Moreover, the Supreme Court has remarked, since the amendment to § 1447(c) but without referring to it, that it has "consistently held that if jurisdiction exists at the time an action is commenced, such jurisdiction may not be divested by subsequent events." Freeport-McMoRan, Inc. v. K N Energy, Inc., 498 U.S. 426, 428 (1991). The Second Circuit has also recited the rule of St. Paul Mercury that "[e]vents occurring subsequent to the institution of suit which reduce the amount recoverable below the statutory limit do not oust jurisdiction," subsequent to the 1988 amendment of § 1447(c) (albeit in a non-removal context and without reference to the amendment), without any indication that the rule might now be qualified. Tongkook America, Inc. v. Shipton Sportswear Co., 14 F.3d 781, 785 (2d Cir. 1994); see also Wolde-Meskel v. Vocational Instruction Project Community Servs., Inc., 166 F.3d 59, 62 (2d Cir. 1999) (holding that summary judgment reducing claim to below the statutory jurisdictional amount does not divest jurisdiction, without reference to any possible effect of the 1988 amendment). At least one district judge of this Court has rejected the analysis relied on by Villano on the ground that Tongkook America demonstrates that "the St. Paul Mercury rule still obtains in this Circuit." Munoz v. Sesame Place, Inc., No. 97 Civ. 5055 (SHS), 1998 WL 150495, at *1 (S.D.N.Y. Mar. 30, 1998); see also Williams v. NYS Livery Service, Inc., No. 95 Civ. 401 (PKL), 1995 WL 491485, at *2-*3 (S.D.N.Y. Aug. 17, 1995) (applying St. Paul Mercury rule to deny remand, subsequent to amendment of § 1447(c), but without discussion of amendment).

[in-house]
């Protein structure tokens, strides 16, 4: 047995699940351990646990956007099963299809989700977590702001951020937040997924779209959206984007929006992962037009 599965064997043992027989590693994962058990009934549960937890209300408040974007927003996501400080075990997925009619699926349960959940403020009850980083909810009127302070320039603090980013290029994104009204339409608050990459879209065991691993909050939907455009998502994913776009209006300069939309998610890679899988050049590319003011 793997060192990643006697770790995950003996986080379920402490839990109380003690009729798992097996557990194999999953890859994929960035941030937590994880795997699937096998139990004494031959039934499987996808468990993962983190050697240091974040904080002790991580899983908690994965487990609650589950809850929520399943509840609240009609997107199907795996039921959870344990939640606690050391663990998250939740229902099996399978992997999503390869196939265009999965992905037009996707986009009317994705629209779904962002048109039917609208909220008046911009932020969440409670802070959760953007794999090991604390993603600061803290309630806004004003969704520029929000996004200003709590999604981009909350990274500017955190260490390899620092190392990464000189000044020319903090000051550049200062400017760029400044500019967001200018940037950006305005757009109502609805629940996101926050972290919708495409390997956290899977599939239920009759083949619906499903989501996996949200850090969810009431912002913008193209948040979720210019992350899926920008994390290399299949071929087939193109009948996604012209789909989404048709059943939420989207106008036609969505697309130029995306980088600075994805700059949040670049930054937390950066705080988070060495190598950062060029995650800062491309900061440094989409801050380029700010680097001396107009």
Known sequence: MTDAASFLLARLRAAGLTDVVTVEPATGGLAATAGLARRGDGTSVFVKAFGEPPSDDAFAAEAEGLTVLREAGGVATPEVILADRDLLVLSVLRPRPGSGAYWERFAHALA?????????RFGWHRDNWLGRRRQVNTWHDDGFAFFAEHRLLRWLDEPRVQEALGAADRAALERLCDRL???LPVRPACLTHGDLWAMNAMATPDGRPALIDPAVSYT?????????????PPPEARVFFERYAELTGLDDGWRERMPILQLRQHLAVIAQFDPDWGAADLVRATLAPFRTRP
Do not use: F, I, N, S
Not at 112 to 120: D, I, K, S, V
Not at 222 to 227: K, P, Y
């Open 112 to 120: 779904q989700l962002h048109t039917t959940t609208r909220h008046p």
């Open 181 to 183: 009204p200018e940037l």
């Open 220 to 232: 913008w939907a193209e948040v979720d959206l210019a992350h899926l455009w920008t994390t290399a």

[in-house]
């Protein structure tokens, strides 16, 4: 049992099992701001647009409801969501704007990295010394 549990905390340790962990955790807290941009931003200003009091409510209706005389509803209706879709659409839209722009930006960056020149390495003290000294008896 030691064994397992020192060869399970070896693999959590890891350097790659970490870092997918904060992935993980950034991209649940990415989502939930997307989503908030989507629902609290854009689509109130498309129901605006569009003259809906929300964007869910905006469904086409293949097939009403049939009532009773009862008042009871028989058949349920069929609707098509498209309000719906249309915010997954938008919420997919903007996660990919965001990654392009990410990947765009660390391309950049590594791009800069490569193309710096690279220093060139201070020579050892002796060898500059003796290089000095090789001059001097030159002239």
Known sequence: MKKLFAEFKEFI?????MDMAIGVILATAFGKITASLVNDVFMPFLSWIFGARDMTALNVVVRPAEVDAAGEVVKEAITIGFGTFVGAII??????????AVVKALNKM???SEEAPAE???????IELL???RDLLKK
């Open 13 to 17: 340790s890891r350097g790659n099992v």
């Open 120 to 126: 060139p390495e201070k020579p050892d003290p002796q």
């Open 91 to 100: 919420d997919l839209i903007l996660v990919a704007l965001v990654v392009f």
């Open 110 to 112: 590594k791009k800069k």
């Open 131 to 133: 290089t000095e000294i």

The strong weight of authority is thus against plaintiff's position. Policy also favors the traditional rule. While the Villano rule has the advantage of dismissing from the federal courts actions of lesser consequence, it facilitates gamesmanship and forum- and judge-shopping by encouraging plaintiffs filing in state court to seek exorbitant damages against the chance the case will not be removed, and then to reduce their demands if the case is removed to federal court, or not, depending on their happiness with the assigned judge. Such gamesmanship, and the resulting ping-ponging of cases from state to federal court and back again, should not be permitted.

  Accordingly, plaintiff's request for leave to amend the complaint to reduce the damages is granted, but the application for remand to state court is denied.